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Blog Post

Publication Date


Department 1

Civil War Era Studies


Everything eventually comes full circle. The past meets the present meets the future. And we find echoes of the past in the things we do today. It's not a new sensation.

In the early days of January, 1863, one Gettysburgian found an echo from his town in the most unusual (but not unexpected) of places. "It was a cool day yesterday," a soldier, writing under the pen-name Fergus reported to Compiler editor H. J. Stahle, "and as I passed along the street leading towards Winchester, I observed a large two-horse carriage that had arrived in town with a load of ladies for the purpose of shopping." [excerpt]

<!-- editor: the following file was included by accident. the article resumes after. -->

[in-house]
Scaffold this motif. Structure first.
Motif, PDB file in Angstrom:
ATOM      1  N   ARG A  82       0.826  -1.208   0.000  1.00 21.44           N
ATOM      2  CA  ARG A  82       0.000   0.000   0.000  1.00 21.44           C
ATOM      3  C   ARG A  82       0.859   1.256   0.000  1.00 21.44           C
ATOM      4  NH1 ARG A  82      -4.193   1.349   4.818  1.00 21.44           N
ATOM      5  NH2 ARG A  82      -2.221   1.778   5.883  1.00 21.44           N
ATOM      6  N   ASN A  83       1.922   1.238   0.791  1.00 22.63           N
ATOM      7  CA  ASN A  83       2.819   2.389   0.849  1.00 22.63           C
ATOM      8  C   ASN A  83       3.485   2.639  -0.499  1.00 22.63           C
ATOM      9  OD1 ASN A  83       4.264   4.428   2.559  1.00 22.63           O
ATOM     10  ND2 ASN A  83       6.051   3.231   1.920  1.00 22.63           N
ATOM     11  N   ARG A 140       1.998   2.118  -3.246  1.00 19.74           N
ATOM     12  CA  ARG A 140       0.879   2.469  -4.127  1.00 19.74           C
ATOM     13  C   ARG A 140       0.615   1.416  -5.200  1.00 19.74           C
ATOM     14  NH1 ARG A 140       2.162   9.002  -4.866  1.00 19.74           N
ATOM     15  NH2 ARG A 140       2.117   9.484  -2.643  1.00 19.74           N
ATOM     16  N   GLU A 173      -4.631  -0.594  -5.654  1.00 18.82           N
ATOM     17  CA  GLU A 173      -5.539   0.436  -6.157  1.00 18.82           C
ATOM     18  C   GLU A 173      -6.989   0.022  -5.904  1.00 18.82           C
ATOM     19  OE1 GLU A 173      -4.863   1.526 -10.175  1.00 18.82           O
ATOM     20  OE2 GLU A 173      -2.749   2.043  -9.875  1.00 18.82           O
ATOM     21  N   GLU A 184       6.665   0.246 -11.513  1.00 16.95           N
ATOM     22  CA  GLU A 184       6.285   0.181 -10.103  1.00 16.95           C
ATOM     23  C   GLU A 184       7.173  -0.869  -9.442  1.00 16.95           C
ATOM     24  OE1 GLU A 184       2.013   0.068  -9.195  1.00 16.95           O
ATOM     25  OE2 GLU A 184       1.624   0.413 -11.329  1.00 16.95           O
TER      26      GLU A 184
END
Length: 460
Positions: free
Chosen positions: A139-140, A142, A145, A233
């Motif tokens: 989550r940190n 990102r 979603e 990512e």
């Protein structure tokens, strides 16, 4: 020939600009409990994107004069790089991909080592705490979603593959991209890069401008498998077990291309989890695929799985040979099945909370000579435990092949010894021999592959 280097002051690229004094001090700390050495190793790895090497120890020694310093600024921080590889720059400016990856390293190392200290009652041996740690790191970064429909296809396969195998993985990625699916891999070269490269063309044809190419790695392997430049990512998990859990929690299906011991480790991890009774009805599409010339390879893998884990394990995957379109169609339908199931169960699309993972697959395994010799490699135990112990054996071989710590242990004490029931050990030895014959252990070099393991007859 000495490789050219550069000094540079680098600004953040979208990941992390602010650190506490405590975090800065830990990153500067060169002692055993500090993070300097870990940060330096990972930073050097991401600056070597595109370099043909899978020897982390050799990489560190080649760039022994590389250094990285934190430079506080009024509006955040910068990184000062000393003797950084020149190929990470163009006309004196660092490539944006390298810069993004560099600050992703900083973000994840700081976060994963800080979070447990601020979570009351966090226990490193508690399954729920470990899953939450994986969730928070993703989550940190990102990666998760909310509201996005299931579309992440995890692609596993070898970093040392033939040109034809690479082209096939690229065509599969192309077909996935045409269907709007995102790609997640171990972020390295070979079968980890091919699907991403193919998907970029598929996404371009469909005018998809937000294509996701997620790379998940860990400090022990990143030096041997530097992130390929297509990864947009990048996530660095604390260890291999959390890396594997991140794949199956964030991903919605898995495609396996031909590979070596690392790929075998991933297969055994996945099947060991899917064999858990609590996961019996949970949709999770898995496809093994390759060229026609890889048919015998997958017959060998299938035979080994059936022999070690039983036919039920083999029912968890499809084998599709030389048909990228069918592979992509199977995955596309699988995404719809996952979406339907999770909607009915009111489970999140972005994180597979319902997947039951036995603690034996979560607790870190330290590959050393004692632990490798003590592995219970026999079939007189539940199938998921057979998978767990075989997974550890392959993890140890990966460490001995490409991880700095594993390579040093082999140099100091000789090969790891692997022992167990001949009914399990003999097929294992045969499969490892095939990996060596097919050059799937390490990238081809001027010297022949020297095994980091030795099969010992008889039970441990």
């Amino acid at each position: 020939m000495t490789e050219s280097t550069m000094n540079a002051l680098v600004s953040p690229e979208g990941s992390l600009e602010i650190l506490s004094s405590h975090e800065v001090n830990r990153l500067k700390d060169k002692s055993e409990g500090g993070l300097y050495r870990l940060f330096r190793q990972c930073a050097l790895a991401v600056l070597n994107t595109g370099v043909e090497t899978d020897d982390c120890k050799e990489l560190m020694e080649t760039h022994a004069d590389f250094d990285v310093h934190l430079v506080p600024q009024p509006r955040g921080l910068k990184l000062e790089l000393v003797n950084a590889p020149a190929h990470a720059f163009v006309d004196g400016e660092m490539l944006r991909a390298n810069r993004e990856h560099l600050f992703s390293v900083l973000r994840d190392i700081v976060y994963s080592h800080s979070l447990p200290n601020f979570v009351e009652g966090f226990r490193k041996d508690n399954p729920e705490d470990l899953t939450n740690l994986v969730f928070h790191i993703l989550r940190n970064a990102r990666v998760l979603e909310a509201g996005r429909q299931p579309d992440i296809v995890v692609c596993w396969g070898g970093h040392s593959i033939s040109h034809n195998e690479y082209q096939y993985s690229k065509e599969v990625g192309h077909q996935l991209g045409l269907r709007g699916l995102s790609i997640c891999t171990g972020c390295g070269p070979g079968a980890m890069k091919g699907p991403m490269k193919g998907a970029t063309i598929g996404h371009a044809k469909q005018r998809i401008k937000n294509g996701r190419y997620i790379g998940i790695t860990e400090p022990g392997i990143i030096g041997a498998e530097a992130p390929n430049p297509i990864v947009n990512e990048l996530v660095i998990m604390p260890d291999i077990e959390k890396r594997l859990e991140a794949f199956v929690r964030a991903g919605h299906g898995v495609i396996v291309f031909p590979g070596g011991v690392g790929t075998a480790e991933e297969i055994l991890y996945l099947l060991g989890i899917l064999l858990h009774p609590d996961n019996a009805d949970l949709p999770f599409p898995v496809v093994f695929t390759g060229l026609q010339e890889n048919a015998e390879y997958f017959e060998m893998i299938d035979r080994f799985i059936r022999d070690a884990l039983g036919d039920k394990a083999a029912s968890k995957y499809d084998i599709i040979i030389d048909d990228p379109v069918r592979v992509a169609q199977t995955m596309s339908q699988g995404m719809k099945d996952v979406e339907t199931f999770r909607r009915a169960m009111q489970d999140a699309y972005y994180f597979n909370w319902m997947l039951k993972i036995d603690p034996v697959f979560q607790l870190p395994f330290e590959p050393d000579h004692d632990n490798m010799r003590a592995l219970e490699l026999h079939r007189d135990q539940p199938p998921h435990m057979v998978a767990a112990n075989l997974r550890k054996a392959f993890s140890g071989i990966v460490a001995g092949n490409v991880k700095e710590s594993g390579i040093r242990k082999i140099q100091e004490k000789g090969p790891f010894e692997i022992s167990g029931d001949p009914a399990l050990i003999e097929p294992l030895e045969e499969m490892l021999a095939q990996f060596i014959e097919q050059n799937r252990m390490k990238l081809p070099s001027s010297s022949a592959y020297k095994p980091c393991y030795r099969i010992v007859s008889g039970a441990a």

Interpreting the Civil War: Connecting the Civil War to the American Public is written by alum and adjunct professor, John Rudy. Each post is his own opinions, musings, discussions, and questions about the Civil War era, public history, historical interpretation, and the future of history. In his own words, it is "a blog talking about how we talk about a war where over 600,000 died, 4 million were freed and a nation forever changed. Meditating on interpretation, both theory and practice, at no charge to you."

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Creative Commons Attribution-Noncommercial 4.0 License
This work is licensed under a Creative Commons Attribution-Noncommercial 4.0 License